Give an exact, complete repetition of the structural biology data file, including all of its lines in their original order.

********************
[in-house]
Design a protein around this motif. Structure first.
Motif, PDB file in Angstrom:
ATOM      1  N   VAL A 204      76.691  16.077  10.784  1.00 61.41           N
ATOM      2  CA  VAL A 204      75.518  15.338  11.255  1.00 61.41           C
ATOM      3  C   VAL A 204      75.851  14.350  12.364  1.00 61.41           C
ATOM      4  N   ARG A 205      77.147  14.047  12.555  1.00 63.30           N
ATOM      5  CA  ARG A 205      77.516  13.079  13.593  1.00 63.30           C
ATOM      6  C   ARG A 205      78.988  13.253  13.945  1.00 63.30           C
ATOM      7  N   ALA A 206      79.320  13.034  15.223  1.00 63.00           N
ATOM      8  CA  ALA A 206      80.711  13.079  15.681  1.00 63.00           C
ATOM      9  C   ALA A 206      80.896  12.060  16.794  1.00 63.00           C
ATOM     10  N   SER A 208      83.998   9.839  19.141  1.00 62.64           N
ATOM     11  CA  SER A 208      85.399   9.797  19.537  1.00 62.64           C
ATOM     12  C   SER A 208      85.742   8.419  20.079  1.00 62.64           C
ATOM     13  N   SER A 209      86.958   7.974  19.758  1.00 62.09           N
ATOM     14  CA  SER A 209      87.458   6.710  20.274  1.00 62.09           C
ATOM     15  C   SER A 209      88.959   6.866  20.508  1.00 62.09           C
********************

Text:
[in-house]
Design a protein around this motif. Structure first.
Motif, PDB file in Angstrom:
ATOM      1  N   VAL A 204      76.691  16.077  10.784  1.00 61.41           N
ATOM      2  CA  VAL A 204      75.518  15.338  11.255  1.00 61.41           C
ATOM      3  C   VAL A 204      75.851  14.350  12.364  1.00 61.41           C
ATOM      4  N   ARG A 205      77.147  14.047  12.555  1.00 63.30           N
ATOM      5  CA  ARG A 205      77.516  13.079  13.593  1.00 63.30           C
ATOM      6  C   ARG A 205      78.988  13.253  13.945  1.00 63.30           C
ATOM      7  N   ALA A 206      79.320  13.034  15.223  1.00 63.00           N
ATOM      8  CA  ALA A 206      80.711  13.079  15.681  1.00 63.00           C
ATOM      9  C   ALA A 206      80.896  12.060  16.794  1.00 63.00           C
ATOM     10  N   SER A 208      83.998   9.839  19.141  1.00 62.64           N
ATOM     11  CA  SER A 208      85.399   9.797  19.537  1.00 62.64           C
ATOM     12  C   SER A 208      85.742   8.419  20.079  1.00 62.64           C
ATOM     13  N   SER A 209      86.958   7.974  19.758  1.00 62.09           N
ATOM     14  CA  SER A 209      87.458   6.710  20.274  1.00 62.09           C
ATOM     15  C   SER A 209      88.959   6.866  20.508  1.00 62.09           C